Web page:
Friday, July 18, 2014

DIY Reupholstered Hope Chest

Have you ever been given a gift that you were extremely thankful for because of who gave it to you, but at the same time, wishing you could change something about it without offending them? Really? Me too!




The fabric was stained and yellowed from years of use, and definitely not my style. Time for an update!


This hope chest has been my mom's since long before I was born and I've known for quite a while that it would one day be mine. Thankfully, my mom was willing to let me update it a little to fit my style. :-) We opted to just update the fabric top and leave the wood as is for now. Maybe I'll have the guts to paint it one day, or maybe real wood furniture will come back in style...

This reupholstery project was fairly easy to complete, especially considering I had never set foot in a fabric store until this project... Sad, I know. I was, at one point, wandering in aisles of tulle, satin, felt, and calico with upholstery fabrics no where in sight. Joann's really does need better signage. Or a giant store map.

Anyway... I ended up getting two yards of upholstery fabric. You definitely want a sturdy fabric for something like this that is going to be sat on/used a good deal. Measure the dimensions of your hope chest seat and use those to determine how many yards you will need. Just be sure that the width of the fabric you picked is at least a few inches wider than your required dimensions. The length can be cut to however long you need it, but the width of a spool of fabric is predetermined and cannot be changed unless you're willing to splice together two pieces of fabric for one project. This is not ideal, however, and you shouldn't need to for this project since the shape you are upholstering is small and rectangular.

Note: You will need at least one other person helping you with this project. You could probably wing it by yourself, but the upholstery work may not be as straight and/or taut as it could have been.


Supplies: 
  • Upholstery fabric, cut to your measured dimensions and ironed to press out any wrinkles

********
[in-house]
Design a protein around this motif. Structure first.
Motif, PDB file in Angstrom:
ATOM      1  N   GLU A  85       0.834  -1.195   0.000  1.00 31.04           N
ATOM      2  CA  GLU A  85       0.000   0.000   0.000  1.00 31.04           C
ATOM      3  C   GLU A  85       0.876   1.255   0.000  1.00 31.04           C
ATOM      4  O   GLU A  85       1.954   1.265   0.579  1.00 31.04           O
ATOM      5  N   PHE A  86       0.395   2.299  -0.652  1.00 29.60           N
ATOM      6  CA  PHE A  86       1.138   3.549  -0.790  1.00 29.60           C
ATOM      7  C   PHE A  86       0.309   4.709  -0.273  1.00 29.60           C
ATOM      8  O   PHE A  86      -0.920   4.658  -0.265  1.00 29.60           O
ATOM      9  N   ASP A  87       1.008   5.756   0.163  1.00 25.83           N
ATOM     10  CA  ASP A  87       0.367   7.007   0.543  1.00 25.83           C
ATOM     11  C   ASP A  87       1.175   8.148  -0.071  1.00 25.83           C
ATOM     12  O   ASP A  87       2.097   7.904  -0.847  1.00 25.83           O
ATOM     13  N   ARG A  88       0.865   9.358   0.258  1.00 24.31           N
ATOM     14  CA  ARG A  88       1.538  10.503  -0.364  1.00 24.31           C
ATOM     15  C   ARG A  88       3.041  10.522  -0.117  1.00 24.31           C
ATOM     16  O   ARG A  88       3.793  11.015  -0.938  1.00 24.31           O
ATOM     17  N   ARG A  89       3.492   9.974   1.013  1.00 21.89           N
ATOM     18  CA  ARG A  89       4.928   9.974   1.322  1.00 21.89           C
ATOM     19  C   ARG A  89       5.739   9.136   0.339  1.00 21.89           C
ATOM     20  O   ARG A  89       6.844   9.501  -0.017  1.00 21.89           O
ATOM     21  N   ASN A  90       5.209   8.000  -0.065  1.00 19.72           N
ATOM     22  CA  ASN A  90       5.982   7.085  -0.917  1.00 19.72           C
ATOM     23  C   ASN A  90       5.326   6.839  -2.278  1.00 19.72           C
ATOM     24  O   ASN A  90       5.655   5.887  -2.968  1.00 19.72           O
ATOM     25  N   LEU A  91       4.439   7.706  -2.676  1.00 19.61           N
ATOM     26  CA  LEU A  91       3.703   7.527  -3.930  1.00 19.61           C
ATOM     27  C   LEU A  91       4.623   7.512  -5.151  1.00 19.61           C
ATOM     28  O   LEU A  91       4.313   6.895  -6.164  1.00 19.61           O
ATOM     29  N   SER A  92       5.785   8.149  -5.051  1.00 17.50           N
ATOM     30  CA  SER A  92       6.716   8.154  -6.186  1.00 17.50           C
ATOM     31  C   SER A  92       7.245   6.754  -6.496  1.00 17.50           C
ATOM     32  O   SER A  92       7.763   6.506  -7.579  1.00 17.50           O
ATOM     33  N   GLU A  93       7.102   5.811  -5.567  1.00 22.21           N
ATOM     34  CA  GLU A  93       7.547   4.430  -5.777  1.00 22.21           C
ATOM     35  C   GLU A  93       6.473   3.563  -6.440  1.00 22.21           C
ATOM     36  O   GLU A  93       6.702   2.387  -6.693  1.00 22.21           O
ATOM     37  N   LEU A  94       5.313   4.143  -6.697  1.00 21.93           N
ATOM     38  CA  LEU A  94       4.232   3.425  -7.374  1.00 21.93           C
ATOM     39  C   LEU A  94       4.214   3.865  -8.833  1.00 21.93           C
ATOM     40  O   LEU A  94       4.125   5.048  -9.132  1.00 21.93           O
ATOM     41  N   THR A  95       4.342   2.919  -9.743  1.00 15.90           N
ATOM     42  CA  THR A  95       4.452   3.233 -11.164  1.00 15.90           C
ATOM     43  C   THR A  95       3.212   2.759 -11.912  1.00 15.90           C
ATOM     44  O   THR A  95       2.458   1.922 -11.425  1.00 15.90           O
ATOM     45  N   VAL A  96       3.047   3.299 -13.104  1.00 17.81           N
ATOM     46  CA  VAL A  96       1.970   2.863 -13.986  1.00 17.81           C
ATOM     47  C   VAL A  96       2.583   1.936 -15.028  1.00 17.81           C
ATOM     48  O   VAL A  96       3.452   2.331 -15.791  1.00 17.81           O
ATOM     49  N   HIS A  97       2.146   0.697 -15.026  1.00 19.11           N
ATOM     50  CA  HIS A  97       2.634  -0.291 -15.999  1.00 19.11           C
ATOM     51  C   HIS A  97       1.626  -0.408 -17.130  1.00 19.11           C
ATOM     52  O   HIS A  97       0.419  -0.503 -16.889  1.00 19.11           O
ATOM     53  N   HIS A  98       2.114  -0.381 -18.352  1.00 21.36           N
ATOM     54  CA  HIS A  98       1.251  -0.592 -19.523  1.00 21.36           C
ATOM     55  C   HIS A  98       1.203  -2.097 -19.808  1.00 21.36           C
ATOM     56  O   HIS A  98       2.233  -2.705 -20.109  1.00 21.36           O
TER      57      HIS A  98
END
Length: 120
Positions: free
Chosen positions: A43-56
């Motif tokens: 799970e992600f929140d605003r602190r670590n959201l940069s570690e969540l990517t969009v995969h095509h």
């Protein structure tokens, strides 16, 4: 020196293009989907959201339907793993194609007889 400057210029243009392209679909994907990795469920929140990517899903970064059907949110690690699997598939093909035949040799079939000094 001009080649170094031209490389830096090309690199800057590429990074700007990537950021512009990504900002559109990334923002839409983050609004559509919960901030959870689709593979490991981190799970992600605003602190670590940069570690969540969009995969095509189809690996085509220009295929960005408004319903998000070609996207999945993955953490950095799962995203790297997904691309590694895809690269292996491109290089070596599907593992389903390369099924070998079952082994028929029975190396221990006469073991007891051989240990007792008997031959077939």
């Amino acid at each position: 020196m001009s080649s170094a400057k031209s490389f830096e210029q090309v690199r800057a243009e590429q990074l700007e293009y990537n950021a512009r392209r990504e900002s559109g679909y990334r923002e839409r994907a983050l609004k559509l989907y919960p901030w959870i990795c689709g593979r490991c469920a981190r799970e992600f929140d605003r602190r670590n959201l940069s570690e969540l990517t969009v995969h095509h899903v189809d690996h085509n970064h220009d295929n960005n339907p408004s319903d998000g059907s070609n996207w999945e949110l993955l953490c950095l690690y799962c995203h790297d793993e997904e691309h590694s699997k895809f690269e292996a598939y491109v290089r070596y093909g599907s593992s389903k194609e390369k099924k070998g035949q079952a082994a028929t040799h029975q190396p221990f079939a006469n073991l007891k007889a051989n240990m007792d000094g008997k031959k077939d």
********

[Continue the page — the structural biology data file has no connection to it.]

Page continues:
• Batting - Depending on how thick you want the seat of the hope chest to be, you can buy a thicker or thinner batting; if the seat is already pretty thick, you may be able to just skip this step.
  • Staple gun
  • Short staples - We started with ones that were too long and they would not pierce the backing; they just bounced back without tacking into anything. Learn from my experience; go with shorter staples.
  • Screwdriver - To unscrew the hope chest seat from the body of the hope chest.
  • Cushion *optional* - Both the old cushion and fabric on my hope chest were in relatively good condition, so there was no need to start from scratch. If your cushion is crumbling, you should probably get a new one, though those can be a pretty penny.


1. Lift the lid of your hope chest and look at the corners of the lid. There should be at least four (mine had six) screws holding the hope chest seat to the lid of the hope chest. With one person holding onto the seat so it doesn't slide off, unscrew each screw until the seat is free from the rest of the hope chest.




2. Lay your batting out on a flat surface (or the floor if you don't have another surface big enough) and lay the seat top-side down onto the batting. Cut the batting so that you have enough to cover the entire seat plus a few inches extra. I kind of just followed the old upholstery outline on the back of the seat for an idea of where to cut. Now, you can begin to staple the batting to the seat. Have at least one other person hold the seat down and stretch the batting so it will be taut as you staple. Start by stapling the four "middles", i.e. make one staple in the middle of each side of the rectangle. Then, you can turn the seat over to make sure everything is even before continuing with a bunch of other staples. This is not so important with batting, but will be very important to make sure your fabric is on straight. If everything looks good and is nice and taut, staple away! For the corners, my suggestion is to fold them like you would a present, then staple the fold down. When everything is secure, trim away the excess batting, making sure to carve out sections of batting so the screw holes are visible.



As you can see, we stapled right over the old fabric and cushion.


3. Repeat all of step 2, except this time with your fabric. Make sure your fabric is laid out wrong-side up, or you won't be very happy when you turn it over! Also, be very careful making those first few staples that everything is lined up straight and taut before continuing with the rest of your staples. The last thing you want is to get all done, turn it over, and the fabric is crooked on the front. Again, make sure when you're cutting away the excess fabric that the screw holes are visible, or you won't be able to screw the seat back onto the lid of the hope chest.


Isn't the fabric beautiful?!? I love the colors and it goes great with the rest of my decor.


4. With at least one other person holding the seat on the lid, reattach the seat with the screws. We ended up needing two people to hold the seat down, because as each screw was added, it kept trying to push the seat away from the lid rather than screw into both the seat and lid.

5. Stand back and admire your handiwork. You just reupholstered a piece of furniture!





Doesn't it look so much better?!?!?!? It really is so easy to do, and you can't beat the results. I have a whole new hope chest and all I had to do was change the fabric. Easy peasy.

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